Clean Power Plan Is On Hold, but Utilities Are Planning For It Anyway

Posted by Caitlin Marquis and Dylan Reed on Apr 7, 2016 4:54:35 PM

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Two months after the Supreme Court voted to stay enforcement of the Clean Power Plan (CPP), utilities across the country are preparing for compliance undeterred, spurred on by the inevitability of a lower-carbon, advanced energy future. In fact, many utilities are moving in that direction already. And for the rest, given that their investment decisions are made on a time horizon much longer than the Supreme Court’s stay, ignoring the CPP would be neither prudent nor practical. Judging by their public statements, utilities are baking the CPP into their future plans.

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Topics: EPA GHG Regs

To Plan or Not To Plan? State Reactions to Stay of Clean Power Plan Vary

Posted by Dylan Reed and Maria Robinson on Feb 18, 2016 10:35:00 AM

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Last week, in an unprecedented move, the U.S. Supreme Court ruled 5-4 to stay EPA’s Clean Power Plan. While this is certainly a setback for the CPP at the federal level, it is clear that work will continue at the federal and state levels in a variety of forms. Since the stay, many states have weighed in on the decision: 16 states will continue to plan for compliance with the rule, 12 states have suspended planning efforts, eight states have yet to announce any planning process, and six states are still reviewing their options post-stay. AEE will continue to monitor states’ actions in the aftermath of the ruling. Here is what we know so far.

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Topics: EPA GHG Regs

Understanding the Clean Energy Incentive Program

Posted by Frank Swigonski on Jan 28, 2016 1:13:30 PM

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EPA’s greenhouse gas regulation, the Clean Power Plan, won’t take effect until 2022, but planning is already well underway in states across the country. Initial state compliance plans are due in September of this year but many states will opt for an extension and submit final plans in 2018. As states think about how to reduce carbon emissions from existing power plants, many of them are turning to advanced energy which is already being deployed across the country at a growing rate. They should do so earlier, rather than later. That’s because EPA is allowing them to get credit for some advanced energy deployed before the official start of the Clean Power Plan compliance period in 2022. And too few states are aware of how much they could benefit from that.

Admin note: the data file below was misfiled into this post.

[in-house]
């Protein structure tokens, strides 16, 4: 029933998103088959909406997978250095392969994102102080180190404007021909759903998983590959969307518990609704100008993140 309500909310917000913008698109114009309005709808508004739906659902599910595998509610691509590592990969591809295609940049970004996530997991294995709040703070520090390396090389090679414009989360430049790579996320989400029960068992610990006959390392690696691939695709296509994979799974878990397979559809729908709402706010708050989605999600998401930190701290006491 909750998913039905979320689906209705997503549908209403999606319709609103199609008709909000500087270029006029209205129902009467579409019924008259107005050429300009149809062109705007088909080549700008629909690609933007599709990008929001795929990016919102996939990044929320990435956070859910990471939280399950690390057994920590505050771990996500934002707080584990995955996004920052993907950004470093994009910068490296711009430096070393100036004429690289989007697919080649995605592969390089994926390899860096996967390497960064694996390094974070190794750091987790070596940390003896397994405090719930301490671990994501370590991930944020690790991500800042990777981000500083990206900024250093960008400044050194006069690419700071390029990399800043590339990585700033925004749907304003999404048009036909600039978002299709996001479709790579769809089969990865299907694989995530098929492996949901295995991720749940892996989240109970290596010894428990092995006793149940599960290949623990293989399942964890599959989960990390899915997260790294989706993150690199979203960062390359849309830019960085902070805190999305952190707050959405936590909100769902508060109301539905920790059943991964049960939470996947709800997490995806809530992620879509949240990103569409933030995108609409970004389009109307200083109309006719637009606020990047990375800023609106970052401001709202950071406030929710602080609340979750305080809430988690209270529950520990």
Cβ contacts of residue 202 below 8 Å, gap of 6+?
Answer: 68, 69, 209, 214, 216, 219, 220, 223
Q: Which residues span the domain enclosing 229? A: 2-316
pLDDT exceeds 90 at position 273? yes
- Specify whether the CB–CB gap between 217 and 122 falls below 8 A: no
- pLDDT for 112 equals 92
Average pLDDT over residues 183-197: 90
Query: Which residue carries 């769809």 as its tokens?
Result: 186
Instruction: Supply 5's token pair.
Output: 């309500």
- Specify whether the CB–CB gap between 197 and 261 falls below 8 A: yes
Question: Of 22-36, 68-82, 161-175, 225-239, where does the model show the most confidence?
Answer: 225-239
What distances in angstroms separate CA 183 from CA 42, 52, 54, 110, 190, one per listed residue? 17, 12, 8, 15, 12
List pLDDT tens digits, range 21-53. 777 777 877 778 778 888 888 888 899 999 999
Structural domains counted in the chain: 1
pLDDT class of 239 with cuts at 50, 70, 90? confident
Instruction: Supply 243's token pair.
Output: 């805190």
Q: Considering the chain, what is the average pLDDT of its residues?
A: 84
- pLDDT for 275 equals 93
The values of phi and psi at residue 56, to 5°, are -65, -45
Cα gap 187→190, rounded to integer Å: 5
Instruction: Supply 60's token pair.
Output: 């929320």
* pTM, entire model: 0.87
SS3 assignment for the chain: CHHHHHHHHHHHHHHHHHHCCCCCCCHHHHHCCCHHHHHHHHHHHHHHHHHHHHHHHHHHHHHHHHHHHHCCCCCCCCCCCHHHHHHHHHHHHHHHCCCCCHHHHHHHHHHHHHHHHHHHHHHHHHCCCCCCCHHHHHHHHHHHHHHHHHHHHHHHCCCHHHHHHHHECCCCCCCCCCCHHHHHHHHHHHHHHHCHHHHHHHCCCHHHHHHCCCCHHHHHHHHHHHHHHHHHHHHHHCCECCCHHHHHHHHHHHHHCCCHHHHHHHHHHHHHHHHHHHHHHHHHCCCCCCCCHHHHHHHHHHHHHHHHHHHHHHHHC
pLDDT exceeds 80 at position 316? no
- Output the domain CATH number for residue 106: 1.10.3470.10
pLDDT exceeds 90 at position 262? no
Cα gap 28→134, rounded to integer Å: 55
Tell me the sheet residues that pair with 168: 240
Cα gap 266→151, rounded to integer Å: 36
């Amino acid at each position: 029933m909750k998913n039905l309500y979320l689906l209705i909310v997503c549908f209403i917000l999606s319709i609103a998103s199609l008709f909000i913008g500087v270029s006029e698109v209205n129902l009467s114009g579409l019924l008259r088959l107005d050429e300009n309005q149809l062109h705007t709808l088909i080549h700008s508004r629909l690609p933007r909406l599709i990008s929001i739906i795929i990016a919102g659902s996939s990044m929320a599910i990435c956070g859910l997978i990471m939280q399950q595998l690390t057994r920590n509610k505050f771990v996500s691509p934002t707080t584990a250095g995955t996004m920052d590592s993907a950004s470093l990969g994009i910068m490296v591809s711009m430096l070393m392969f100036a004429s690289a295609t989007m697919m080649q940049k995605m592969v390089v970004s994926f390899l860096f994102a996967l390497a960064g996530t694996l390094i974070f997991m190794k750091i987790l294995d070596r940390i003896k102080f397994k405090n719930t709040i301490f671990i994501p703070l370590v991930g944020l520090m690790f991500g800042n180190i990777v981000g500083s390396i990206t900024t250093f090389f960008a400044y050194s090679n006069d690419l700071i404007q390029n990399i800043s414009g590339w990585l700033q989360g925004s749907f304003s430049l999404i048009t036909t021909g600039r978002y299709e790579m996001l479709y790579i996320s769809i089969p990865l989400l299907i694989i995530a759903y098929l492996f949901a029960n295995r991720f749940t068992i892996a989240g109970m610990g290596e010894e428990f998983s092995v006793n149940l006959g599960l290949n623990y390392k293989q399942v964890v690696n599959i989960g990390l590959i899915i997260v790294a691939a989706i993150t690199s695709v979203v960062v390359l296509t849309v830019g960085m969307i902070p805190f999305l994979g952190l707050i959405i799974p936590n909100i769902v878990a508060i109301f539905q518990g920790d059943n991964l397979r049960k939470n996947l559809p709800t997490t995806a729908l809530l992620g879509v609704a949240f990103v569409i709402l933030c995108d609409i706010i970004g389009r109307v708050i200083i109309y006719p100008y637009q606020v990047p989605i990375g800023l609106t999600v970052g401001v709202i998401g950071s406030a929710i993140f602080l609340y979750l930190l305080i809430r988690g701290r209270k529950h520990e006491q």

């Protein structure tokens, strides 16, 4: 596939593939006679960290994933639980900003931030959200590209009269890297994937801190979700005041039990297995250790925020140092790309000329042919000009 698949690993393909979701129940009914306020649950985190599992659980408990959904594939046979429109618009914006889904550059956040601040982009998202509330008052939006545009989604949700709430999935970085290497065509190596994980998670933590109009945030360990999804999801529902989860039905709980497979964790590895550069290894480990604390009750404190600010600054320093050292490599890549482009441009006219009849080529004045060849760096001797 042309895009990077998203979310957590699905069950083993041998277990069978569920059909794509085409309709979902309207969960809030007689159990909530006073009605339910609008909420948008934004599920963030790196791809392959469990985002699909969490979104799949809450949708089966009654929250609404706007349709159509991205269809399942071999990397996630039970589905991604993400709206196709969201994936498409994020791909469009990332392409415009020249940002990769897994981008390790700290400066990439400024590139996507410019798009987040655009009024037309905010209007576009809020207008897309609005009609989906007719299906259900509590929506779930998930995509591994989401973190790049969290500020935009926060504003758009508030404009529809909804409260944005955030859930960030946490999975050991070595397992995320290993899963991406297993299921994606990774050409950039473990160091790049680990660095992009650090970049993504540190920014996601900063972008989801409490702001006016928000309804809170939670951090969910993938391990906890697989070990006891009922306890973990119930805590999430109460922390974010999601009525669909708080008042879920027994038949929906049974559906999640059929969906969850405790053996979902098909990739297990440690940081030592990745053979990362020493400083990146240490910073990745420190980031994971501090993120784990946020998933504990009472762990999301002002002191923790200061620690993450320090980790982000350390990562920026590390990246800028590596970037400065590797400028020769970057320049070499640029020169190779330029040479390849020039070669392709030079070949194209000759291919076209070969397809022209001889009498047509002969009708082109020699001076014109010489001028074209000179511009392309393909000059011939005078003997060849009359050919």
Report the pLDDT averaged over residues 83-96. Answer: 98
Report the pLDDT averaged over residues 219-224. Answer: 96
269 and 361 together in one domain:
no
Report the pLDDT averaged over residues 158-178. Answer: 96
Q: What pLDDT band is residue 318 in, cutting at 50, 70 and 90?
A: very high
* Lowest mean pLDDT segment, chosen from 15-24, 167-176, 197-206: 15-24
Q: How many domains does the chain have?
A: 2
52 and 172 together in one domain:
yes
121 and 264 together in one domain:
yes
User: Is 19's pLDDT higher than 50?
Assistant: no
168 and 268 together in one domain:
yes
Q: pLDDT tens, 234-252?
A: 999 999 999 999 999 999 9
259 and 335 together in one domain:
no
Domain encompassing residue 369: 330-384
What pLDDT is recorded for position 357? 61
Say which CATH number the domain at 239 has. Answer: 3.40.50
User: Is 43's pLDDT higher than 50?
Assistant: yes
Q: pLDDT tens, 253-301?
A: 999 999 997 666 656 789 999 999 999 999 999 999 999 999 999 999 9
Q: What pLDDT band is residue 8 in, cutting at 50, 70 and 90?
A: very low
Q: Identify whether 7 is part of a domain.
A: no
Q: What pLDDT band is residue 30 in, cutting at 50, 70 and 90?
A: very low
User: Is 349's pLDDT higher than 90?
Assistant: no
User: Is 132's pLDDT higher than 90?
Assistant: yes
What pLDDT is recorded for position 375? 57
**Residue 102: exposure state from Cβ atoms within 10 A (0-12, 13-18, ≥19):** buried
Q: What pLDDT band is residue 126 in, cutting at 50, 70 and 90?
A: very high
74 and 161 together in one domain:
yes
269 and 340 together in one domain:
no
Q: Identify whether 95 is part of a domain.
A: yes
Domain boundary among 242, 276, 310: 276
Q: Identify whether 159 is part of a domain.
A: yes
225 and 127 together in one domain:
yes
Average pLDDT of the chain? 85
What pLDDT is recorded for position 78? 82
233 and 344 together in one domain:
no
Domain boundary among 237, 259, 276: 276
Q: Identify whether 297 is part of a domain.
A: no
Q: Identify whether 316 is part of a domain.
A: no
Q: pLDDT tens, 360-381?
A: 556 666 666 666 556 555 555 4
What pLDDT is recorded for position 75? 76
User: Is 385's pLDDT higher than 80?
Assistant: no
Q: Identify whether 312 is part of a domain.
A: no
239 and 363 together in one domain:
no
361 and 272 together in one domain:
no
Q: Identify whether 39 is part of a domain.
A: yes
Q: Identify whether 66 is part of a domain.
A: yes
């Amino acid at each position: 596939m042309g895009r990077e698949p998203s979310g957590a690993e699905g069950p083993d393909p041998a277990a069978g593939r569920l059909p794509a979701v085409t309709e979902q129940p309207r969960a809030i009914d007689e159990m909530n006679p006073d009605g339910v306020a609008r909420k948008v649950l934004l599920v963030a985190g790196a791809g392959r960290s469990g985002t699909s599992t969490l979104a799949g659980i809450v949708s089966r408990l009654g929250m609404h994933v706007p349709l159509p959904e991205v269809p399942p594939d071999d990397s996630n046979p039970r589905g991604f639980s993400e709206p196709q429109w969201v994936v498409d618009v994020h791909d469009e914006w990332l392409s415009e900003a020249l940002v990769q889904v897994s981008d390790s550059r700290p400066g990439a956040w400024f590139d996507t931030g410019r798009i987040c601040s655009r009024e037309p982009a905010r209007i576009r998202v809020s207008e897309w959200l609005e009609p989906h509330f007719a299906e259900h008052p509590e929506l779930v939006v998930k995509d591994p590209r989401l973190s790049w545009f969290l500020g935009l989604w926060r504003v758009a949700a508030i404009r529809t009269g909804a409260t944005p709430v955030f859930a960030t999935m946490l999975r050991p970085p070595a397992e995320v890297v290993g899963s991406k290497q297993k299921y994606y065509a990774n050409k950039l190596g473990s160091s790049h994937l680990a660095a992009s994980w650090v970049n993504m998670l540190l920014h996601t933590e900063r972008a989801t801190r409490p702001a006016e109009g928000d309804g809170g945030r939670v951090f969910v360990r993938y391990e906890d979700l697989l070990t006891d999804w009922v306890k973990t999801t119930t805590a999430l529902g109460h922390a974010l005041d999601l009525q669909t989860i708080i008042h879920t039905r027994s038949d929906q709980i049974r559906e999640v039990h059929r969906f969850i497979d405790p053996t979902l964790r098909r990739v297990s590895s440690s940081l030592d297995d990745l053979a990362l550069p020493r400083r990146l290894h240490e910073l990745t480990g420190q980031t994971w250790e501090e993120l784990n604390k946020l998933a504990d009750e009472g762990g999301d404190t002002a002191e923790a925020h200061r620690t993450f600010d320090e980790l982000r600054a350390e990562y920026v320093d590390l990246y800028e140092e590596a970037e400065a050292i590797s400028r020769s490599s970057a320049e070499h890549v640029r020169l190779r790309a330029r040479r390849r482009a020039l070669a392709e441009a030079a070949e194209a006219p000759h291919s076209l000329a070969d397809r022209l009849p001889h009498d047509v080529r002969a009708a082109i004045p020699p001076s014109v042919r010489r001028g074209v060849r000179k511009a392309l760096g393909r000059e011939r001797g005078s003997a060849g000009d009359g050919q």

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Topics: EPA GHG Regs

Let the Planning Continue, Part 2: Even in States that have Sued EPA, Progress Toward Compliance

Posted by Frank Swigonski and Caitlin Marquis on Nov 19, 2015 2:22:32 PM

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This blog post is the second in a two-part series on states’ progress towards compliance under EPA's Clean Power Plan, and a follow-up to an earlier two-part series on states’ initial reactions. Check out Part 1 here, and the earlier series here and here.

The publication of the final Clean Power Plan (CPP) in the Federal Register on Oct. 23 prompted a suite of suits from states, both in opposition and in support of the rule. However, the vast majority of states have started some part of the process of convening stakeholders, soliciting public input, and talking with EPA - even if those states that are suing. “Officials in practically every state have been doing some amount of work,” Kyle Danish, partner at Van Ness Feldman, told InsideClimate News. Today’s post looks at the significant progress being made even in states that are suing EPA.

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Topics: State Policy, EPA GHG Regs

Let the Planning Continue, Part 1: With Lawsuits as Backdrop, States Make Progress on Clean Power Plan

Posted by Frank Swigonski and Caitlin Marquis on Nov 18, 2015 6:05:24 PM

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This blog post is the first in a two-part series on states’ progress towards compliance under EPA's Clean Power Plan, and a follow-up to an earlier two-part series on states’ initial reactions. Check out Part 2 here. Check out the earlier series here and here.

The publication of the final Clean Power Plan (CPP) in the Federal Register on Oct. 23 prompted a suite of suits from states, both in opposition and in support of the rule. This post provides a scorecard on the states currently involved in the legal action — 45 in all — and tracks the progress being made in states that support the CPP or are simply quietly moving ahead on compliance. Tomorrow’s post will look at the progress being made in states that are suing EPA, which is significant.

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Topics: State Policy, EPA GHG Regs